Parental controls

Advice and Answers

Using Internet filters, blocks and monitoring software

Children are curious and, just as when they were toddlers, are bound to get into things you’d rather they didn’t. Without certain measures in place, your children can access everything on the Web.  Although nothing can replace your guidance and vigilance, there are some tools to help ensure your children are seeing the better things the Internet has to offer.

What are they?

Filtering and blocking programs prevent access to websites, based on keywords or site names:

  • An Internet filter is a software or hardware product that prevents children (or anyone) from accessing content on websites that may not be appropriate. By using keywords, it filters out sites defined by those words. Most search engines have filter options built in, as do most Internet Service Providers (ISPs) and mobile operators. Ask your provider for more information
  • Blocking software impedes access to sites designated as 'bad'. Some companies let users customise their lists, but most search engine blocks and filters rely on prescreening.

Blocks and filters are not foolproof. Determined children can find ways of getting around the programs. And some filters deny access to perfectly acceptable material.

Monitoring and tracking programs capture and record where children go online, how much time they spend and what goes on in instant-message chats. They can also be used to manage time spent on the computer.

Why they matter

The Internet is the hardest environment in which to ensure age-appropriate information and images. In an unfiltered environment, children can (and will) type 'sex' or 'drugs' into a search box and find all sorts of sites you would rather they didn’t. But even the most innocent searches can retrieve unintended results. (This is doubly true when children search for images.) This urge for exploration is entirely age-appropriate for children of all ages. Given the explicit nature of some sites, you might want to investigate filters or programs that direct younger children to safe sites.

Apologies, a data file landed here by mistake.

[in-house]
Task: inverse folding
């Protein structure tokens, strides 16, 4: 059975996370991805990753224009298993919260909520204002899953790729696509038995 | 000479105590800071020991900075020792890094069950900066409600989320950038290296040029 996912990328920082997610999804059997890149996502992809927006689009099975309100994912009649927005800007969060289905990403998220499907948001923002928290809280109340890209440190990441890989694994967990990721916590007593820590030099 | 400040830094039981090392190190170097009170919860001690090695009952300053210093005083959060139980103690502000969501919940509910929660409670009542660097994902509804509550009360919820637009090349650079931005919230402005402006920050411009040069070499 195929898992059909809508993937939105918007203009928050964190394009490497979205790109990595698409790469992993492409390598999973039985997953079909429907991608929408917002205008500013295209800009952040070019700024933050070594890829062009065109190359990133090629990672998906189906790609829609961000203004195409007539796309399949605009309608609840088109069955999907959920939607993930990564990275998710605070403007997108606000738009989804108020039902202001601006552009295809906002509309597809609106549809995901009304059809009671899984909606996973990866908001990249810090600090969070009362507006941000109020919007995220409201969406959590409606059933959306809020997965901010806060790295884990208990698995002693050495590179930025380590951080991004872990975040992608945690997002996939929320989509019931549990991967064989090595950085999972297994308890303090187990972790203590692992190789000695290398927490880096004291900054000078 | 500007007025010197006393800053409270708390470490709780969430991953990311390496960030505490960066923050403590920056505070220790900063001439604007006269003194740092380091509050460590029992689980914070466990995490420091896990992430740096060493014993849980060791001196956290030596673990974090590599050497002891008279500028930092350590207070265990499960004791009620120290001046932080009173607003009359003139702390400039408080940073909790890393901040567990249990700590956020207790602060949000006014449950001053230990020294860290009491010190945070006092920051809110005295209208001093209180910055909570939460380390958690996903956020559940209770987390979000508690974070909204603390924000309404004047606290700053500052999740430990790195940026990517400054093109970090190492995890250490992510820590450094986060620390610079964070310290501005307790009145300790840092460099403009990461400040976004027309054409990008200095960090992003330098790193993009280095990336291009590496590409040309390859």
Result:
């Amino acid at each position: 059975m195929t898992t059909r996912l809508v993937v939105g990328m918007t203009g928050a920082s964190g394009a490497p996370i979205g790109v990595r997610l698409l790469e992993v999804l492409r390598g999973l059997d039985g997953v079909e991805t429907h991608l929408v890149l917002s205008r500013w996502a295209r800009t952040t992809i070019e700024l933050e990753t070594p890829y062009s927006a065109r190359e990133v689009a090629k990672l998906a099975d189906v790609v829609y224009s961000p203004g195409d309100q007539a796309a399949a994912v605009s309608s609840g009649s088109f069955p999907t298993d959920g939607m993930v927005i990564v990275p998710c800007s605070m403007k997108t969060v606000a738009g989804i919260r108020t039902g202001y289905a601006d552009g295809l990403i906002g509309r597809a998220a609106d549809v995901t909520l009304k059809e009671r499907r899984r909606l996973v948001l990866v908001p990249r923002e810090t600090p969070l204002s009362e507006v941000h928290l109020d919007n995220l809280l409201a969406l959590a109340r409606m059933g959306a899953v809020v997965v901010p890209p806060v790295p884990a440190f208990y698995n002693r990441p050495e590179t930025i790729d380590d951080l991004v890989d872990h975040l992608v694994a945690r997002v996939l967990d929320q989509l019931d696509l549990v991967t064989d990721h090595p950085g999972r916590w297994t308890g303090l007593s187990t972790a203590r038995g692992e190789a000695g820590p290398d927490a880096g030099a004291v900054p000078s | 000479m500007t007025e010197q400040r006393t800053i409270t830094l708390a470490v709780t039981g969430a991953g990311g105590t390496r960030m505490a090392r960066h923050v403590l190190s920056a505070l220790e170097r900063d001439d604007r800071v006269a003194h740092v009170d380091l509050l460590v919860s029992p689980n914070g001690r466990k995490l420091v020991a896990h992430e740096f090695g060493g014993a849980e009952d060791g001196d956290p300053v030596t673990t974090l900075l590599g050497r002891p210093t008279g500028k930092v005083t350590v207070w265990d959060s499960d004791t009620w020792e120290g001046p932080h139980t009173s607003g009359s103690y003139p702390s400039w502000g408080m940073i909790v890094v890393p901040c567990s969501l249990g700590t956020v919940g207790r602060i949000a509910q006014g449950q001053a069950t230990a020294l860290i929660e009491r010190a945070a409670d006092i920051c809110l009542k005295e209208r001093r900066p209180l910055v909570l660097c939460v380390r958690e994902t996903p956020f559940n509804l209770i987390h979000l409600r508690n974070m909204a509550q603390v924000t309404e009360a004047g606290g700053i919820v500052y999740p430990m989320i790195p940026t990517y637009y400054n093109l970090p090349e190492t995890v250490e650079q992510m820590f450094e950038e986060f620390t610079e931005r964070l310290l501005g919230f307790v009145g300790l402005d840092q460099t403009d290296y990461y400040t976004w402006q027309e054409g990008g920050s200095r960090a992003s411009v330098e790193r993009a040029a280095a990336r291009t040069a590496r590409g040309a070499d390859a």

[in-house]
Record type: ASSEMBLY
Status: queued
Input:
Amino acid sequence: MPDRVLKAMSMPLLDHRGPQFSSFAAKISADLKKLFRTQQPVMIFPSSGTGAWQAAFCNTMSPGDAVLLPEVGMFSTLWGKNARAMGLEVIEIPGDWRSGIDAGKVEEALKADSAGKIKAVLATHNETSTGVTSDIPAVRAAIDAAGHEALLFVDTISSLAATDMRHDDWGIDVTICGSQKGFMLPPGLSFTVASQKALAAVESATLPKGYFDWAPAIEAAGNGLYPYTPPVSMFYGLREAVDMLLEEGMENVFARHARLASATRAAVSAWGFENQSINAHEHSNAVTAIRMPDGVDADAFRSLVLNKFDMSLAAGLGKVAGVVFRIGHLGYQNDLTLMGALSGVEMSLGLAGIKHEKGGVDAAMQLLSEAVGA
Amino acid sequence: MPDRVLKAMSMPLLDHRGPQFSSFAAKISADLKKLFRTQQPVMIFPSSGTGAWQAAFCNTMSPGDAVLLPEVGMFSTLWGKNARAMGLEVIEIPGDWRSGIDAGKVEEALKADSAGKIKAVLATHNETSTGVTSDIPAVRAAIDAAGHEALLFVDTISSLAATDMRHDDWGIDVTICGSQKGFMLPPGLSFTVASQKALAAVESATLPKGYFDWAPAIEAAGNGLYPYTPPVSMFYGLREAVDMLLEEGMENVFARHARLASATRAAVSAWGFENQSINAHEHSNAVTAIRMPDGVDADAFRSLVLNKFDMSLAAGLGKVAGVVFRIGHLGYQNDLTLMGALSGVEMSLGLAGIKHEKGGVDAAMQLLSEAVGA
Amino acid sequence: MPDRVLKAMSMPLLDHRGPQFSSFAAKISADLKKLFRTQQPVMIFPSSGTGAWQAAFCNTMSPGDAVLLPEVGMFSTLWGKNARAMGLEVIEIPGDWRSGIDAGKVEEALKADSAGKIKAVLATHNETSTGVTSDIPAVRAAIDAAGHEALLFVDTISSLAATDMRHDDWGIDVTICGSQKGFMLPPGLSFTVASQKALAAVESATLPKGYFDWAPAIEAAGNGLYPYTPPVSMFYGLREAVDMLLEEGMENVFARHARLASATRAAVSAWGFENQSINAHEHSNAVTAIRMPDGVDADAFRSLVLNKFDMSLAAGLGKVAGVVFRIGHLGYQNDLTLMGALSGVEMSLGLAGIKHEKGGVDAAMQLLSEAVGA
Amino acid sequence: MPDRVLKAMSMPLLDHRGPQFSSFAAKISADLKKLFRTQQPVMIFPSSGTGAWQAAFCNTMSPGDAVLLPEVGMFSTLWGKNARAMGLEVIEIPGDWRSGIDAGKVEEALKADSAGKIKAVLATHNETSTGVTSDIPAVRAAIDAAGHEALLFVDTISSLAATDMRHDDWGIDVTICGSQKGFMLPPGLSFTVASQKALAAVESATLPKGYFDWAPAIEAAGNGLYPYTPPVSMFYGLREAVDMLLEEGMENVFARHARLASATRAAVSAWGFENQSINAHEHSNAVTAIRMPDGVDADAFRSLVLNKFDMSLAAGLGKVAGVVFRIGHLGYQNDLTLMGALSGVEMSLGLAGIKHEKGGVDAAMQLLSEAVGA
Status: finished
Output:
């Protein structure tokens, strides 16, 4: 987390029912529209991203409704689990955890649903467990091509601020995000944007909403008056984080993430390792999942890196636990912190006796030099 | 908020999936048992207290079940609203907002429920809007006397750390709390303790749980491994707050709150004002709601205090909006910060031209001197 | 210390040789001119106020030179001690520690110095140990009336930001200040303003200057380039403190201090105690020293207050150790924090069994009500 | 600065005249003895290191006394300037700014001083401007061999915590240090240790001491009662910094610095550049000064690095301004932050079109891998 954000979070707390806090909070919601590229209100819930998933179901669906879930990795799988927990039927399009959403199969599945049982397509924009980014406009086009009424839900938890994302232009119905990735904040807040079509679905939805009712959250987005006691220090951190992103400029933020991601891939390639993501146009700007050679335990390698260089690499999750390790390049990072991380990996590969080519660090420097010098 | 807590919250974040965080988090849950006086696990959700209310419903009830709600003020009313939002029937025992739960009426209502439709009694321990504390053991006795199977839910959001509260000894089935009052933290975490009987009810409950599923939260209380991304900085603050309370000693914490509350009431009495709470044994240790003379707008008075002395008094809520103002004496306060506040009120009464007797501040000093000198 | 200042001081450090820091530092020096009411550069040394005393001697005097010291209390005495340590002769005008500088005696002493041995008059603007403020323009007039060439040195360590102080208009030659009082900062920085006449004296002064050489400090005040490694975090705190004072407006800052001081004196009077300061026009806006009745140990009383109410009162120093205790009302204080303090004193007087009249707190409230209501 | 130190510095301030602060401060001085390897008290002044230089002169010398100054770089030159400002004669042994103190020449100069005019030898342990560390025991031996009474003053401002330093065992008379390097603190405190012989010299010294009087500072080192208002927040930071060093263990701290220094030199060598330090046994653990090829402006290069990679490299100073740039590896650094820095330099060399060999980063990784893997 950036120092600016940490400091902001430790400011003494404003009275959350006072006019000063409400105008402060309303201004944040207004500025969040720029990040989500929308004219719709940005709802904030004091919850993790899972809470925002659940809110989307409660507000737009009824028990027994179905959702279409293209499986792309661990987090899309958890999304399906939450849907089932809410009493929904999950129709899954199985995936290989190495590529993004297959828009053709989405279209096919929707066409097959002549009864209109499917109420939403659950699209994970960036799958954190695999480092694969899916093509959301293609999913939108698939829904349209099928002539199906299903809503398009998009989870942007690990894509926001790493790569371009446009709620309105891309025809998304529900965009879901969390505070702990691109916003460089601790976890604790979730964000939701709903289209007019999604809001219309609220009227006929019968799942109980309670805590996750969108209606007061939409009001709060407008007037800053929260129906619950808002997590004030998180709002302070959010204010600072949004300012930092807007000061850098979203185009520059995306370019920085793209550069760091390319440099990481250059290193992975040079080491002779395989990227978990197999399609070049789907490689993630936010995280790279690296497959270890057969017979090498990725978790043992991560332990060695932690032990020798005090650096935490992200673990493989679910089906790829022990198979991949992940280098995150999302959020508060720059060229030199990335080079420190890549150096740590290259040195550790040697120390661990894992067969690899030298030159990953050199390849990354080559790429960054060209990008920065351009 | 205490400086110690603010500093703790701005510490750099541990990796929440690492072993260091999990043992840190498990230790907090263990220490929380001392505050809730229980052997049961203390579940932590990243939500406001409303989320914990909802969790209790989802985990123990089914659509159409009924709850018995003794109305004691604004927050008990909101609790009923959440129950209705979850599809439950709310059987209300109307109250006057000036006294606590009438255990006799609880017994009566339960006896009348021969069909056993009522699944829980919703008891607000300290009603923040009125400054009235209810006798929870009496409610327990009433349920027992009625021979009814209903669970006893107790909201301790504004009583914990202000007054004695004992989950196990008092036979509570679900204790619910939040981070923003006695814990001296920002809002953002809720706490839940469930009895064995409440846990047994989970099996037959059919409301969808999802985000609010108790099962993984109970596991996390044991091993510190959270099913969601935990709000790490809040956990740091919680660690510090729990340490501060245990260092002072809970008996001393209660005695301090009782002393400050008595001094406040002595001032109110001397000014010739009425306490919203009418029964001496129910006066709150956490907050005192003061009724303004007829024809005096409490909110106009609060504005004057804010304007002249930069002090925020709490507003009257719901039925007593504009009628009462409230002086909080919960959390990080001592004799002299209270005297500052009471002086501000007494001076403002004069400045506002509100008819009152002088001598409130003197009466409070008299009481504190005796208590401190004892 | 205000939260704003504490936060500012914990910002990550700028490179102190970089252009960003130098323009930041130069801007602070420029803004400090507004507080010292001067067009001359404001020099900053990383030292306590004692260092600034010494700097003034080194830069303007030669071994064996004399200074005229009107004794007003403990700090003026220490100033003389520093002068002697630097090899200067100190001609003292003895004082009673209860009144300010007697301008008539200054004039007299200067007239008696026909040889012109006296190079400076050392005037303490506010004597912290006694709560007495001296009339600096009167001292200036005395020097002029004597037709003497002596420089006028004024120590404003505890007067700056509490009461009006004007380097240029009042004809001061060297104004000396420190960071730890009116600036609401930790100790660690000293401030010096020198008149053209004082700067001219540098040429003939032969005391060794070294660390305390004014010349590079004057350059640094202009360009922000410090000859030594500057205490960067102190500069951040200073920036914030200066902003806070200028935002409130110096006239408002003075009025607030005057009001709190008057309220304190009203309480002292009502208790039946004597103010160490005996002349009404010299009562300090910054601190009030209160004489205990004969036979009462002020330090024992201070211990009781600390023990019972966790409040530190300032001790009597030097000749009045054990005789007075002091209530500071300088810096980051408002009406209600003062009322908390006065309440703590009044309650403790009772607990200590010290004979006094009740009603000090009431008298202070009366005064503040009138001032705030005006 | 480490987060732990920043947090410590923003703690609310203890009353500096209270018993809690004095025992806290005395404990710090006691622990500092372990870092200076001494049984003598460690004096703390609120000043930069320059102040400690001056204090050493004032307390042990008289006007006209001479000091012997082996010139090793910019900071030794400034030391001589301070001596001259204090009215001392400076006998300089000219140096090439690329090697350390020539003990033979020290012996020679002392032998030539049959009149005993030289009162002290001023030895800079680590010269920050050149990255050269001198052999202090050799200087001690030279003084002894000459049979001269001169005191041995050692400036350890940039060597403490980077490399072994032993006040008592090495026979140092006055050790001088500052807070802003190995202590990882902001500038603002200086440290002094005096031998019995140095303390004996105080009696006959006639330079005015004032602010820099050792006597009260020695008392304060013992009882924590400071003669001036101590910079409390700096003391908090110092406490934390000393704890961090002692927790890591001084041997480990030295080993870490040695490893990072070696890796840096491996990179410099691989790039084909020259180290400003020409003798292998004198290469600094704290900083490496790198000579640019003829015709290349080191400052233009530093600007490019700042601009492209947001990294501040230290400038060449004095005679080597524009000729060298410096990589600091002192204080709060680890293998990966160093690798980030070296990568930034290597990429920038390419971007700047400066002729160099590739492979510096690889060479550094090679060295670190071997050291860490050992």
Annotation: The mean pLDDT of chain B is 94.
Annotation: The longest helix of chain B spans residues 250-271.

Parental tips for all children

  • Ultimately, good, old-fashioned common sense is the best search filter. Simply tell your children not to click something that looks inappropriate. Young children may actually obey, children will probably rebel and teenagers will learn from you how to filter out what is wrong for them.
  • Help children find positive and safe sites. There are many new ways for children to search the Internet safely.

Parental tips for primary-school children

  • Don’t let young children search alone. Even a word like 'teenager' can return inappropriate results. And if you filter for 'image' or 'video,' the results could be really inappropriate.
  • Find the right filter. Some ISPs offer a fully filtered service, but 'one size fits all' might not be the right choice for your family. There are also various software programs that offer different levels of coverage, so each family member has his or her own username and you can choose the filter level for each person. Some filters track emails, instant messages and sites children visit. Others offer predator blocking or personal-information blocking.
  • Set the content filters on your browser. The two most popular browsers, Firefox and Internet Explorer, offer content filters.
  • Set the content filters on your search engine. Google, Yahoo! and Bing have built-in filters (separate from the browser) that you can set. The best ones let you password-protect your settings. You can even filter search results on YouTube using its Safety Mode feature.
  • Use search sites that preapprove destinations. For example, Kidzui allows safe searching by only including approved sites.

Parental tips

  • Don’t rely on filters alone. Savvy children can defeat filters. Good old-fashioned parenting and Internet safety rules must be part of the picture. Be clear about what is and isn’t acceptable.
  • Check browser histories. By the time your child is 11 years old, he/she will have outgrown filters. To see which sites have been visited recently, click the arrow next to the address bar or click History from the menu.
  • Check in. Periodically ask your children to show you what they’ve found that they like. You want to make sure your children feel comfortable coming to you if something on a site bothers them. Make sure children know that they should check in if they see something that’s hateful, pornographic or violent.
  • Monitoring software has pluses and minuses. If you don’t think your children are using good judgement, monitoring software will help you decide if your suspicions are warranted. But your children will think you are spying on them if they find out.

© Common Sense Media

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